*’No revolutions in Morocco…Under King Mohammed VI, Morocco has held parliamentary & municipal elections for a decade, with greater representation for women than elsewhere in Arab world, and further constitutional reform in 2011. So different from neighbours it attracted $7.9bn for pair of dollar bond deals…faith in long term, clear as can be.’*
Financial Times, by Chris Wright, Beyond Brics/Emerging Markets Hub (Casablanca to Rabat, Morocco, March 1, 2013) — The Arab spring seems a world away on the train from Casablana to Rabat. In one compartment a conversation springs up between a local Moroccan, running a machine parts manufacturing business, and a Saudi from a construction company, visiting Rabat to seek migrant labour to help with the booming development in Saudi’s northwest. Cards are exchanged, then brochures; business is done, right here on the rumbling train.
No revolutions in Morocco; no immolations, no deposing of tyrants, no violent post-independence misery. Under King Mohammed VI, Morocco has held parliamentary and municipal elections for a decade, with greater representation for women than elsewhere in the Arab world, and – in recognition of pro-democracy revolutions in Tunisia, Egypt and Libya – further constitutional reform in 2011.
This is the Morocco so different from its neighbours that it attracted $7.9bn of demand for a $1.5bn pair of dollar bond deals in December, including a $500m 30-year tranche – faith in the long term, clear as can be.
But what’s interesting, here in the railway carriage, is the difference of perspective. To the Brit, the sense is of a place in transition, a notable and growing Islamist tinge to the parliament, a democracy and a constitutional monarchy, yes, but one in which the royal family still has considerable power. A country in which the ardour of foreign investors is at odds with a worsening fiscal condition that has prompted Moody’s to put the country on negative outlook.
To the Saudi, on the other hand, a liberal-minded sort who has lived abroad and sees change ahead, Morocco is exactly the model to follow: a gradual stepping back of the monarchy, allowing for elections, but without imposing change at such a pace that the whole economy becomes unstuck. He looks to Egypt with enormous alarm as an example of the dark side of democratic freedoms: far better to keep a king, he thinks, and to urge him to cede power slowly over time.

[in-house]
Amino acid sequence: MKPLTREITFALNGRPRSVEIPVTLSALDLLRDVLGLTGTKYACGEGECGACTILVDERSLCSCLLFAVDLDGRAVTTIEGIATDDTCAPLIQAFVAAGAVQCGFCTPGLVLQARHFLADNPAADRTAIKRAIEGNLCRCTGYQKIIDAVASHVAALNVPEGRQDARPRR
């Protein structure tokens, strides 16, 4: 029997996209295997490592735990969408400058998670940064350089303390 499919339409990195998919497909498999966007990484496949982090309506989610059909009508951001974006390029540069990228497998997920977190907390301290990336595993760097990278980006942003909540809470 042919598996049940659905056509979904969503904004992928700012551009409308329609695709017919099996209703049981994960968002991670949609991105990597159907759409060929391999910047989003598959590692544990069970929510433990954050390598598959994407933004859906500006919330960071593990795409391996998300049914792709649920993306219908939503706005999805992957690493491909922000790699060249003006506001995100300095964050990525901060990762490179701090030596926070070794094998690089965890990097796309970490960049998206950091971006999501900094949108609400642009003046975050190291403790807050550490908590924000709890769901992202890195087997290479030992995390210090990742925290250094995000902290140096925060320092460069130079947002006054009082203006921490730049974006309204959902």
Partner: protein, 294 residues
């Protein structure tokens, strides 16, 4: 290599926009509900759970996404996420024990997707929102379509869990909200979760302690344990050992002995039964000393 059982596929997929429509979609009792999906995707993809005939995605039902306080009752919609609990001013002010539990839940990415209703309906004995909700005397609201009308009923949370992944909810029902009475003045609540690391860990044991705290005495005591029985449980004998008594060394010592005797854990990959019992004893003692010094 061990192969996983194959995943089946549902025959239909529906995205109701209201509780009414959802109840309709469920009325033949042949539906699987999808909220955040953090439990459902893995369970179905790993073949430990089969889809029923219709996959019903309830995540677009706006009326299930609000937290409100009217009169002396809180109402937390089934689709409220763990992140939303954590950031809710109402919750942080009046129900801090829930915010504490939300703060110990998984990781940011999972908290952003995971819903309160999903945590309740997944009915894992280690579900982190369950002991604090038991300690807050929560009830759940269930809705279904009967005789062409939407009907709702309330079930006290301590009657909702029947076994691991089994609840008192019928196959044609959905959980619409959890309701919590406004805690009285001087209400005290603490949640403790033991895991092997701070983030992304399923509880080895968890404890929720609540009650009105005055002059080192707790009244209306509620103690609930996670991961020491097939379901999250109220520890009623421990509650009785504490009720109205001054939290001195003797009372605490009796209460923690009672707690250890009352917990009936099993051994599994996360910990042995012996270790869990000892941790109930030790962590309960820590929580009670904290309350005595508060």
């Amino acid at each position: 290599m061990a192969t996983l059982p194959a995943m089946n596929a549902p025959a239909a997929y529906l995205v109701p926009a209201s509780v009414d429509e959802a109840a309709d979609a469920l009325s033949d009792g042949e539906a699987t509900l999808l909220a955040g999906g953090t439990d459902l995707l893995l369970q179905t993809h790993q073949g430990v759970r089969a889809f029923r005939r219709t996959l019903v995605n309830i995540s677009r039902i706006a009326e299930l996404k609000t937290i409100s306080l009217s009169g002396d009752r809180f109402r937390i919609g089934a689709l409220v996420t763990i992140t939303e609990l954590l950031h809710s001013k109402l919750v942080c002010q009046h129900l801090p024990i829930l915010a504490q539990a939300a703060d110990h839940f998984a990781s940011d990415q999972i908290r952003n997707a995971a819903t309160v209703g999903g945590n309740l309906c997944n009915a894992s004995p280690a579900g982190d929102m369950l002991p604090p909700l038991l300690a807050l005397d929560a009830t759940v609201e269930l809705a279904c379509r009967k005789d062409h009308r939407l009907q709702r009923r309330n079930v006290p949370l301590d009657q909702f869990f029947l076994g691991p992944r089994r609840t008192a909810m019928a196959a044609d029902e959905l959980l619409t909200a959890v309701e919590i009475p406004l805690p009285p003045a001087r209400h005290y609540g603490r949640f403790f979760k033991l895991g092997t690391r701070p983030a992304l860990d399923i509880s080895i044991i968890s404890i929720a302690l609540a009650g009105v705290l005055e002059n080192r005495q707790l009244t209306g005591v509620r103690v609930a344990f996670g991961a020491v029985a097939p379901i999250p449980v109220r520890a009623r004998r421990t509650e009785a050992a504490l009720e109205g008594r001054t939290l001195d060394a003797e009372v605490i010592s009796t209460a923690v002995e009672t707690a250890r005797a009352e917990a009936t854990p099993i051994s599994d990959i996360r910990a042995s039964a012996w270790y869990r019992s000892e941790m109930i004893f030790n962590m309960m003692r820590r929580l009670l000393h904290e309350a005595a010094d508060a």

To the Moroccan, things are good but could be better. Business is decent, he says, better than last year; he’s more worried about Europe’s economy than insurrection in neighbouring Algeria and Mali. He is not wholly convinced by reform and thinks change could be a little faster. He sees trouble ahead with inevitable changes to subsidy policy – without which the country’s deficits are going to get a whole lot worse – but by and large appreciates a stable business environment he knows is not a luxury his fellow north African businessmen enjoy.
Viewed objectively, Morocco faces challenges. To meet its target of bringing the fiscal deficit down from 7 per cent to 3 per cent of GDP by 2016, it must cut subsidies on staple goods – which Moody’s estimate are equivalent to 6 per cent of GDP – and by doing so risk protests that might shake Morocco’s steadiness. The rating agencies put it on the cusp of speculative/investment grade status – Moody’s ranks it the former, S&P the latter – and there is still a sense that it could head in either of those directions from here.
But for the moment, as business is done and as the train pulls in to Rabat Ville’s gleaming station, long live this peaceful environment.
Chris Wright is a journalist specialising in business and financial journalism across Asia, Australia and the Middle East.